Matthew’s Place
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Matthew’s Place

A Summer with Speak About It

by Maya Williams

Last summer, I went on an orientation with an organization based in Portland, Maine called Speak About It. Speak About It uses a theatrical play and co-facilitated dialogue as a tool to talk about consent and sexual violence prevention. An “orientation tour” in this case, was spending three weeks traveling to different universities around the country (and Canada as of recent) during freshman orientation to perform the play and have a workshop before or after. After the orientation tour, during the rest of the school year for universities and high schools, actors can sign up for as needed “pick up shows” as part of schools’ occasional programming. We perform the same play all year until a new play is written for the next school year based on feedback from students and faculty throughout the previous year.

I grew up in a religious family and religious communities where the majority of dialogue about sex was to wait until marriage with an opposite sex partner, otherwise, all forms of pursuance and identities outside of cisgender heterosexuality was sinful. Out of all of that baggage, I believe religious communities are valid in promoting abstinence, I just still don’t feel right about using it as a tool to promote one narrative about sex, or to make other people feel bad what they choose and even can’t choose about themselves. It also didn’t help that my sex education in school wasn’t the best for a lot of queer people, including queer people of color. I said yes to working with Speak About It because of how intentional they are about a variety of experiences in regards to sex, whether one wants to have it or not. They’re also super consistent on using an LGBTQ+ lens and having a lot of racial diversity in their cohort because of how often those narratives have been excluded in sex education and consent education.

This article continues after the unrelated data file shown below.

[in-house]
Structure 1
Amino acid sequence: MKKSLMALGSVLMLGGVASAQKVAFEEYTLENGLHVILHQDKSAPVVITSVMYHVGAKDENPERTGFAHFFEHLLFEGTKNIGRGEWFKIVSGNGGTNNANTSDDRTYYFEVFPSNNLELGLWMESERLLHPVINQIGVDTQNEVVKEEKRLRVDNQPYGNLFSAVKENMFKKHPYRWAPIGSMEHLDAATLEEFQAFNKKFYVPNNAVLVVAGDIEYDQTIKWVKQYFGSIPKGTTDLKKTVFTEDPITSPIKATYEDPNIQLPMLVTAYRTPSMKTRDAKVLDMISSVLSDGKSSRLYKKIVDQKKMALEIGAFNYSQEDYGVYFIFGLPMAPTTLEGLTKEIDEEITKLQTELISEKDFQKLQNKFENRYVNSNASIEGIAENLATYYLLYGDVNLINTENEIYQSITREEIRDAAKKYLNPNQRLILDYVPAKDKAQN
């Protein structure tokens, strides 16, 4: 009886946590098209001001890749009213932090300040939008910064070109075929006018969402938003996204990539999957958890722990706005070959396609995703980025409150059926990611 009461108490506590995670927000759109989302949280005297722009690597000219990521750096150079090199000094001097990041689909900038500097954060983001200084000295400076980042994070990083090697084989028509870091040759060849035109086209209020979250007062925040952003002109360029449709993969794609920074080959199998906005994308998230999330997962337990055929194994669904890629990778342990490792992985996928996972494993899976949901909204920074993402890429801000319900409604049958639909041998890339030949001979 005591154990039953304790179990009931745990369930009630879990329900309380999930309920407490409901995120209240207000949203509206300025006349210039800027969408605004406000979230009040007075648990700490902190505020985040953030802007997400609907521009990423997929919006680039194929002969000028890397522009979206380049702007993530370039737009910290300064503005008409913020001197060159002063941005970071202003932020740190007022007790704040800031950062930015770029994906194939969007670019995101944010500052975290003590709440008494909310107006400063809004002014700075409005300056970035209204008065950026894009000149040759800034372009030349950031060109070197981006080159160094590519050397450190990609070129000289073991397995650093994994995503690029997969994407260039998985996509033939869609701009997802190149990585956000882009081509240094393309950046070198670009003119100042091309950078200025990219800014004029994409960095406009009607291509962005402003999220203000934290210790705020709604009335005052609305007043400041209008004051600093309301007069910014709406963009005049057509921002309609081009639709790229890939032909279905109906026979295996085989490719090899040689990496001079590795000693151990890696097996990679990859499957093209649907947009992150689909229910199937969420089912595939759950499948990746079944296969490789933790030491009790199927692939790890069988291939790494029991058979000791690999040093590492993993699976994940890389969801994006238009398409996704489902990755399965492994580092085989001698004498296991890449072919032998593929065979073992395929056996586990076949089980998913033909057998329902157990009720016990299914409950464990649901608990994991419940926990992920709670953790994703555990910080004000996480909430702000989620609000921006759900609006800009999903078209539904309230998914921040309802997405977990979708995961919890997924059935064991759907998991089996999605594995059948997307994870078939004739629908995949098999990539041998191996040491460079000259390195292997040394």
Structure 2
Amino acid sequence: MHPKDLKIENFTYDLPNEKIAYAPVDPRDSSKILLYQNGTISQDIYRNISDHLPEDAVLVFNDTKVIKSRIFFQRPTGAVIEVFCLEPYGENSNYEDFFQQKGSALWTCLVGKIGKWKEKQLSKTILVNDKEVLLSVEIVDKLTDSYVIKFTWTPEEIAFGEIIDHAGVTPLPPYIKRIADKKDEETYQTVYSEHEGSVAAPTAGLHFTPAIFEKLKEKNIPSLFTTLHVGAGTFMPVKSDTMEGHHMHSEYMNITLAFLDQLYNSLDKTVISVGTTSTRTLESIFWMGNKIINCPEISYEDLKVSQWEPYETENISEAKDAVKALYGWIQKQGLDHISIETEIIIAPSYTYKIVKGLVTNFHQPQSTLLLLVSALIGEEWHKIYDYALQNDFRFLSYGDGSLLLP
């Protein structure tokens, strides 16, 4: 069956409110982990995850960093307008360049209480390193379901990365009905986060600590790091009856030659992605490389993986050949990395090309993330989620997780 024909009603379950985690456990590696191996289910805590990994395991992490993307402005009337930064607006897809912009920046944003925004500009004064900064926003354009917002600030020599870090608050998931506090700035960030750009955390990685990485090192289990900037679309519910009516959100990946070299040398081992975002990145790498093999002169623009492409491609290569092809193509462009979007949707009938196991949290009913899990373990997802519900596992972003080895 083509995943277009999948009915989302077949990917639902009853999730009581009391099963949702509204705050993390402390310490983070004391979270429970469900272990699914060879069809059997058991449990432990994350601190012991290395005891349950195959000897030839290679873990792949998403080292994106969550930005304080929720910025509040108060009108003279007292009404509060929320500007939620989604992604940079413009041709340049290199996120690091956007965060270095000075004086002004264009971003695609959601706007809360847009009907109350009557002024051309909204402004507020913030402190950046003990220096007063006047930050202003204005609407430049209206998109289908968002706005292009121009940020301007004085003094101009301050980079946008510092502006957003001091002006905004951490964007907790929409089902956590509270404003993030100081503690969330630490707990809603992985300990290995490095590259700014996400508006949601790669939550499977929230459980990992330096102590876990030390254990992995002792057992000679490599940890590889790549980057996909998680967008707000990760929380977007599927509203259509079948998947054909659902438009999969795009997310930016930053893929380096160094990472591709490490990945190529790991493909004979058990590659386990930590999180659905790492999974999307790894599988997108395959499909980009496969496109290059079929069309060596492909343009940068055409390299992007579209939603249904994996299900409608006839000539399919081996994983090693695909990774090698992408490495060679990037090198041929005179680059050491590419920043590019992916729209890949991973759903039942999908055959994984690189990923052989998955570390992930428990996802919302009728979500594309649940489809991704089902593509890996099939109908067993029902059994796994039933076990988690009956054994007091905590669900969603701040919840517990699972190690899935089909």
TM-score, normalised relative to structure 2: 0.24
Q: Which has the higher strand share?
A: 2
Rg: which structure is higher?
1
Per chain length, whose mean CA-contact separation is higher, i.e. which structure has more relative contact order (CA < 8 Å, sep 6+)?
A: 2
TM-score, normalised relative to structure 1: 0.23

There are casts of five that have different routes to different universities for those three weeks. We went to universities mostly on the East Coast in New York, Pennsylvania, and Maryland, along with a short stint outside of the East Coast in Wisconsin. I was quite satisfied with who I got to work with in my cast. It was nice to have a sense of Black solidarity because of the two Black cast mates I had, a sense of queer solidarity because another queer cast mate, and even a sense of religious camaraderie because another cast mate was the same religious background as me, and we talked about how our faith inspired us to be involved in this kind of social justice work through consent education and the arts. I’ll admit, although we maintained contact over social media, I haven’t spoken to any of my cast mates since our tour ended. However, that doesn’t change how I’ll be forever grateful for my experience with them over the summer.

A lot of things are up in the air right now, but they’re still doing great online content on their Instagram and Facebook. My favorite online content of theirs, which started before COVID-19 era, is their series Hot Goss, where they choose a topic about sex, sometimes in reference to pop culture or current events, and answer questions for folks.

About the Author:

Maya Williams (she/they) is a Black Mixed Race queer suicide survivor currently residing in Portland, ME. She has a Masters in Social Work with a Certificate in Applied Arts and Social Justice and published essays in venues such as The Tempest, Rooted in Rights, O.School, Black Youth Project, and more. They also work as a spoken word poet and actor/consent educator with a non-profit in Maine. Follow Maya @emmdubb16 on Twitter and Instagram. Maya also has a website: https://www.mayawilliamspoet.com/

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